When I was carrying my son, Ross, now 22 years old, I found everything around me to be extremely funny. From stand-up comedians on TV to embarrassing faux pas like wearing two different shoes to work because I couldn’t see over my huge pregnant belly, I laughed a lot, often to the point of tears. So somehow it didn’t seem surprising that as he grew, Ross and I came to share a very similar sense of humor. Granted, I don’t appreciate his love of Dumb and Dumber, but we both seem to have an affinity for absurd comedy and its cousin, the portrayal of uncomfortably awkward situations.
Each time Ross returns home for a school break, I look forward to watching things with him that no one else in the family has the slightest interest in seeing. In fact my husband will flee a room when a show breaches his inappropriate behavior tolerance, which is rather often. On this visit my son and I haven’t had as much telly bonding time as I would like, but I did introduce him to Big Fat Quiz of the Year so now he’s on a mission to watch every one that’s ever been uploaded on YouTube.
We did however take time to reminisce about some our mutual favorites and the following is the list we compiled of must-watch series or performers. Think of it as a tool to help you stay connected to your, for all intents and purposes, adult son. Clips were chosen by Ross and anything in italicized text are his insights.
1. Monty Python
This is a no brainer I suppose, but as I mentioned in my introductory post, the Pythons are either something you get or you don’t. With Ross being my first child I guess I wanted to test him out to see if he had my humor gene. We started with The Holy Grail which really brought to light just how amazingly outlandish British comedy could be. It’s the classic cornerstone example of British absurdist comedy and where it all started for me. At some point in middle school, I bought him the complete Flying Circus anthology and we’ve delighted in every fish slapping, silly walking, Spanish Inquisitioning moment.
2. Any TV project Ricky Gervais is involved in
Of course the groundbreaking series The Office is included in this category, but Gervais is so much more than David Brent. Other triumphs include Extras, Life’s Too Short and his discovery and clever manipulation of Karl Pilkington in The Ricky Gervais Show and An Idiot Abroad. Ricky is unapologetically contentious and likes to see people backed in a corner especially the endearingly stupid Karl. He purposefully writes cringe-worthy awkward plot points and characters that never “get theirs”, perfect for those of us with a sicker sense about what humor truly is.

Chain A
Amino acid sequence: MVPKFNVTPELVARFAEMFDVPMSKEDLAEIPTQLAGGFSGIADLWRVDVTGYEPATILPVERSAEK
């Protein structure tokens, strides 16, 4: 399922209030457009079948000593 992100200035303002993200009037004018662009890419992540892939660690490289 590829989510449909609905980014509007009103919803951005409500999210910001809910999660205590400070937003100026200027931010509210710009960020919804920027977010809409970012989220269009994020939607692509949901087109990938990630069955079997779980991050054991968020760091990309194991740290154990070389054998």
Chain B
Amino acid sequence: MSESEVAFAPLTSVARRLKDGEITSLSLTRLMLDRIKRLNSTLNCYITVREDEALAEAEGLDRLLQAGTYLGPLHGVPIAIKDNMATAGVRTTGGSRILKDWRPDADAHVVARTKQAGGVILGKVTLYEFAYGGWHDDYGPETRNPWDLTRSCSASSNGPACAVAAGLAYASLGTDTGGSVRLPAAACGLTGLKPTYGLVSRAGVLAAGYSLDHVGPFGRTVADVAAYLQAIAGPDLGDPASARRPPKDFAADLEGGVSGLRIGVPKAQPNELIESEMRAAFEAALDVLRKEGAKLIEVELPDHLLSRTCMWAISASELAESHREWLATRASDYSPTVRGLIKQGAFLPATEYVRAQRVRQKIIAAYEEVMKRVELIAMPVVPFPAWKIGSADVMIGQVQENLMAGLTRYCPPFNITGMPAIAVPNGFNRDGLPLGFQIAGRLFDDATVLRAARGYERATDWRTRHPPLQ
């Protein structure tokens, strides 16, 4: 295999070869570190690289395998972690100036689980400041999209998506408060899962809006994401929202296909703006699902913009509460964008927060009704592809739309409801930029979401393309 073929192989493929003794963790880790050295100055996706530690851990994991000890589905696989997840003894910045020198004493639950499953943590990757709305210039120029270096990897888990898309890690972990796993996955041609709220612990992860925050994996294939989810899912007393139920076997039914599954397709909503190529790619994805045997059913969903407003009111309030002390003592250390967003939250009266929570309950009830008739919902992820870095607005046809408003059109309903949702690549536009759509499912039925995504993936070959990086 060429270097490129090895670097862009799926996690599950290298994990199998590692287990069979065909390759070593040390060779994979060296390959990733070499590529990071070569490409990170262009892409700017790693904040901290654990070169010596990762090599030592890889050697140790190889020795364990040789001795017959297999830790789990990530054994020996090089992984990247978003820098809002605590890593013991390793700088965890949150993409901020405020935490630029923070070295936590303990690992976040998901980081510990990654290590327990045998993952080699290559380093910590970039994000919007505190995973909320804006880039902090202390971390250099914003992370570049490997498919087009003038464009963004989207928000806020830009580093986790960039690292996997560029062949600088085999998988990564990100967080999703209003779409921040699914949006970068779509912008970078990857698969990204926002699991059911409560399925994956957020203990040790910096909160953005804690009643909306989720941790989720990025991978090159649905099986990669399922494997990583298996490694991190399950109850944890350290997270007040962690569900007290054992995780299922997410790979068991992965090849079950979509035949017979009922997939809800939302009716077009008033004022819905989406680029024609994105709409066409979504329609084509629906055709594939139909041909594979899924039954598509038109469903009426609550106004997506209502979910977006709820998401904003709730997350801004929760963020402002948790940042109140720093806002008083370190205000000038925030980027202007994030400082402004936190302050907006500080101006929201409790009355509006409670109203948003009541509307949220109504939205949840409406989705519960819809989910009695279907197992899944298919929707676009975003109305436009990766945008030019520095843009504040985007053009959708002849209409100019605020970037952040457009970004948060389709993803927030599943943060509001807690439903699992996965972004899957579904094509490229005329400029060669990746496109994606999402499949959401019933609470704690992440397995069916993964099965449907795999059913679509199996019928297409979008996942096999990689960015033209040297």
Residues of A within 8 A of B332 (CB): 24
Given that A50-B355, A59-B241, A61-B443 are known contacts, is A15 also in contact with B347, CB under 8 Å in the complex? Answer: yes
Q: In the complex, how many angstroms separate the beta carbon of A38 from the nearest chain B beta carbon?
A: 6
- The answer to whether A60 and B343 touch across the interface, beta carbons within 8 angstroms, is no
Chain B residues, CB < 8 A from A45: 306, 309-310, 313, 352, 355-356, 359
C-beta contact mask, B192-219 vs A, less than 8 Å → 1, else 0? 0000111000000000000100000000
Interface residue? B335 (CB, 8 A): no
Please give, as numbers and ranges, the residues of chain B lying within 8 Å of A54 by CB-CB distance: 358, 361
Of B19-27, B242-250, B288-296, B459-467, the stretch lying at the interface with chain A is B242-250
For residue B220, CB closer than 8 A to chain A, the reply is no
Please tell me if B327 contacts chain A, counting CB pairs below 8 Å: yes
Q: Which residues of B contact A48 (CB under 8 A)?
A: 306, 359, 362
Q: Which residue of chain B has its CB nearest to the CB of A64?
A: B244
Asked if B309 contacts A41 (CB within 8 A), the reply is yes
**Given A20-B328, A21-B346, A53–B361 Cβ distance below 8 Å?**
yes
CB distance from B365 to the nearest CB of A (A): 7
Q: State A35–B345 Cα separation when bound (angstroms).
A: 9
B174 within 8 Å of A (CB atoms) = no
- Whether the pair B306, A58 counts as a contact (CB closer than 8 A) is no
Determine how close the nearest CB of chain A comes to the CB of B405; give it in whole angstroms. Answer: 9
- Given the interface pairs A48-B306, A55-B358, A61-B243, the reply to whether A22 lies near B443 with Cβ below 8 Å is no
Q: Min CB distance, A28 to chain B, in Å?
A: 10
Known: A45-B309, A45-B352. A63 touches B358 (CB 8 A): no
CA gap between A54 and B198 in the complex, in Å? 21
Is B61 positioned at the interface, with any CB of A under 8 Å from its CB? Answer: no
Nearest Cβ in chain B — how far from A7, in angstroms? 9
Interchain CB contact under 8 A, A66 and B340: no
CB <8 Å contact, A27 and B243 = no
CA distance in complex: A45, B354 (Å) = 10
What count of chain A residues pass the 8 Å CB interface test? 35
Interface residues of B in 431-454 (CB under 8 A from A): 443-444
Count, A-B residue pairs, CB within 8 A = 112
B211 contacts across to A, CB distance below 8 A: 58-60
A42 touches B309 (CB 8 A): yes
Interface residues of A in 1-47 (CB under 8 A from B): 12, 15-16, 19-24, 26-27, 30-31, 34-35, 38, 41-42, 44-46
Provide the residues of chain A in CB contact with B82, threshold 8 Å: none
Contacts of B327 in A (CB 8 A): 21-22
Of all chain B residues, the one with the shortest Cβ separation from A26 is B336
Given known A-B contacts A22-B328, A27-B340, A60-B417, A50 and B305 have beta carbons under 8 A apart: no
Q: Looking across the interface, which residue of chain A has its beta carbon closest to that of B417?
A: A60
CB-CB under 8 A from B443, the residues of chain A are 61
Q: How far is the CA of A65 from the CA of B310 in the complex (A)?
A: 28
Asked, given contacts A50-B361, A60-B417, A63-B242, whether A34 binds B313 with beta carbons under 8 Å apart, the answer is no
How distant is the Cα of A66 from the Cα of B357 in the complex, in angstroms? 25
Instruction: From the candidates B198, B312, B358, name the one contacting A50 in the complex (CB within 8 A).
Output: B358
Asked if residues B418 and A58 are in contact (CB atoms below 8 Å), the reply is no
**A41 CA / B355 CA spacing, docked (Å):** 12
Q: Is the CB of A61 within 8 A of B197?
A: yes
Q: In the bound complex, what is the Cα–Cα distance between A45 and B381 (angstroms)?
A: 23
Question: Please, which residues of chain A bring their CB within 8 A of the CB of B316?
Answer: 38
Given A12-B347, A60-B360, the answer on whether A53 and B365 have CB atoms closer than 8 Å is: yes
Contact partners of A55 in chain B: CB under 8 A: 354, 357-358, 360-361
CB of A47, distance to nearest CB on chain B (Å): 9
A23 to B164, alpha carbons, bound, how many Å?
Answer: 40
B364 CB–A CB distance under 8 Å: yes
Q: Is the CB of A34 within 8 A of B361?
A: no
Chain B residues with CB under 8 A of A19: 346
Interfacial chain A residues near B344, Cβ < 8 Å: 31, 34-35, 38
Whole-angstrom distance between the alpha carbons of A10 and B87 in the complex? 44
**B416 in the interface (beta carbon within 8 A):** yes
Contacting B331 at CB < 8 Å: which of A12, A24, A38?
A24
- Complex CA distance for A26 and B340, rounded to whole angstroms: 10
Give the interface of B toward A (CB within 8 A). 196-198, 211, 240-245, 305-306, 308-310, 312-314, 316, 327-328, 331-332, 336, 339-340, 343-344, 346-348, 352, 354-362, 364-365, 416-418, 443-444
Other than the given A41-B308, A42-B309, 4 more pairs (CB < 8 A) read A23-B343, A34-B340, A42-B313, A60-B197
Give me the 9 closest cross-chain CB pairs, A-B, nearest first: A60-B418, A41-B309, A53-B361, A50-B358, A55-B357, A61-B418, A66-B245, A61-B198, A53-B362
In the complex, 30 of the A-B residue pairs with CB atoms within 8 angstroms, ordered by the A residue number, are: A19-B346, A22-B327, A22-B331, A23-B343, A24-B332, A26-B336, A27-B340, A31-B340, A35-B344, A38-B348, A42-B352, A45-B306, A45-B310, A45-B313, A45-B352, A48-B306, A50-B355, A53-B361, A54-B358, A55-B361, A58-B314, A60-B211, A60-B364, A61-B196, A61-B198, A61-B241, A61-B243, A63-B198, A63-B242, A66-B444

3. The Mighty Boosh
I think we each discovered The Boosh independent of one another though I can’t even recall what possessed me to check it out of the library. Ross found that episodes were being aired on Cartoon Network’s Adult Swim at 3 in the morning if that gives you any idea where this is heading. The winding path from Edinburgh Fringe stage show to radio led finally to one of the most creative shows on BBC Three. The lunacy and imagination to invent phrases and ideas that just don’t fit is phenomenal. Julian Barratt is Howard Moon, the underdog character, and Noel Fielding is cool Vince Noir, the good guy who unwittingly seems to always win. The Mighty Boosh also introduces amazing side characters (like Old Gregg) complete with genius catch phrases.
Warning: this may not be to everyone’s taste. I myself prefer the Board of Shaman.
4. Steve Coogan as Alan Partridge
I mentioned Knowing Me, Knowing Yule with Alan Partridge when I talked about Christmas specials but the entire series, in fact any time Coogan plays Partridge, is a treat. Alan is a wonderfully nerdy and uptight character. What it boils down to is I can relate more to his awkward reactions than to any of the people he interviews. Constantly downtrodden, I find Alan endearing for trying to wade through adverse odds (which let’s face it, he’s created for himself in most cases.) Though his guests always seem to turn on him, every once in a while he gets his back.
5. Little Britain
It took a long time for me to decide to watch the infamous sketch show, Little Britain, but once I did I knew it must be shared with my son. Besides the great costume and makeup design, David Walliams and Matt Lucas, famous for their use of popular catch phrases and characters, push the boundaries to a sometimes offensive level. They find humor in vomiting to the extreme yet employ classic British comedy elements such as men in drag, humorous nudity, and the shock value of older people saying surprisingly candid things.
This is a sketch from the Little Britain live show, but derives from the original tv show characters.